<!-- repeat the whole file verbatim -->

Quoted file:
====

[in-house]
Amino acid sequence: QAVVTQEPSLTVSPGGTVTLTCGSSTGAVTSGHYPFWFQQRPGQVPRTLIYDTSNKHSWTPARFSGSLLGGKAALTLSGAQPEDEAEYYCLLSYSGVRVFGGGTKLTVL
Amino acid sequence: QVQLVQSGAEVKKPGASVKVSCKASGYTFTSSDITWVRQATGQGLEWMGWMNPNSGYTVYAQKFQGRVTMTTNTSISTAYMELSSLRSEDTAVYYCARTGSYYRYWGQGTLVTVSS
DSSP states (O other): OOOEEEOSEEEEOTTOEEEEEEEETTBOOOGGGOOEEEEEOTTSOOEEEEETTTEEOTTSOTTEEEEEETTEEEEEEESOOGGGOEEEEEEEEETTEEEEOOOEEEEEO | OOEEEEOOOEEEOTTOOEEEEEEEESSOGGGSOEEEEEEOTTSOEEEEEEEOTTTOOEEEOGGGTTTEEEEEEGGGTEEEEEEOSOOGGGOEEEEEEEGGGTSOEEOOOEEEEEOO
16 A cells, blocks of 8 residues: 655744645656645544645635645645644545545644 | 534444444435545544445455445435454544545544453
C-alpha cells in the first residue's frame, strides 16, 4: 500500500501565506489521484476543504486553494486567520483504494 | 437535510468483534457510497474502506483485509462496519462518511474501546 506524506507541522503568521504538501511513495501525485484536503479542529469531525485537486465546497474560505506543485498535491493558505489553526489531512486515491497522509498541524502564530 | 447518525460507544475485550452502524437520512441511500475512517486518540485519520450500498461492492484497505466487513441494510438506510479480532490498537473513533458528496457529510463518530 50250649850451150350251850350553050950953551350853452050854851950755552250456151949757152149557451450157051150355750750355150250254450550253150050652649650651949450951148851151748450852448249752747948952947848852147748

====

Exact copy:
[in-house]
Amino acid sequence: QAVVTQEPSLTVSPGGTVTLTCGSSTGAVTSGHYPFWFQQRPGQVPRTLIYDTSNKHSWTPARFSGSLLGGKAALTLSGAQPEDEAEYYCLLSYSGVRVFGGGTKLTVL
Amino acid sequence: QVQLVQSGAEVKKPGASVKVSCKASGYTFTSSDITWVRQATGQGLEWMGWMNPNSGYTVYAQKFQGRVTMTTNTSISTAYMELSSLRSEDTAVYYCARTGSYYRYWGQGTLVTVSS
DSSP states (O other): OOOEEEOSEEEEOTTOEEEEEEEETTBOOOGGGOOEEEEEOTTSOOEEEEETTTEEOTTSOTTEEEEEETTEEEEEEESOOGGGOEEEEEEEEETTEEEEOOOEEEEEO | OOEEEEOOOEEEOTTOOEEEEEEEESSOGGGSOEEEEEEOTTSOEEEEEEEOTTTOOEEEOGGGTTTEEEEEEGGGTEEEEEEOSOOGGGOEEEEEEEGGGTSOEEOOOEEEEEOO
16 A cells, blocks of 8 residues: 655744645656645544645635645645644545545644 | 534444444435545544445455445435454544545544453
C-alpha cells in the first residue's frame, strides 16, 4: 500500500501565506489521484476543504486553494486567520483504494 | 437535510468483534457510497474502506483485509462496519462518511474501546 506524506507541522503568521504538501511513495501525485484536503479542529469531525485537486465546497474560505506543485498535491493558505489553526489531512486515491497522509498541524502564530 | 447518525460507544475485550452502524437520512441511500475512517486518540485519520450500498461492492484497505466487513441494510438506510479480532490498537473513533458528496457529510463518530 50250649850451150350251850350553050950953551350853452050854851950755552250456151949757152149557451450157051150355750750355150250254450550253150050652649650651949450951148851151748450852448249752747948952947848852147748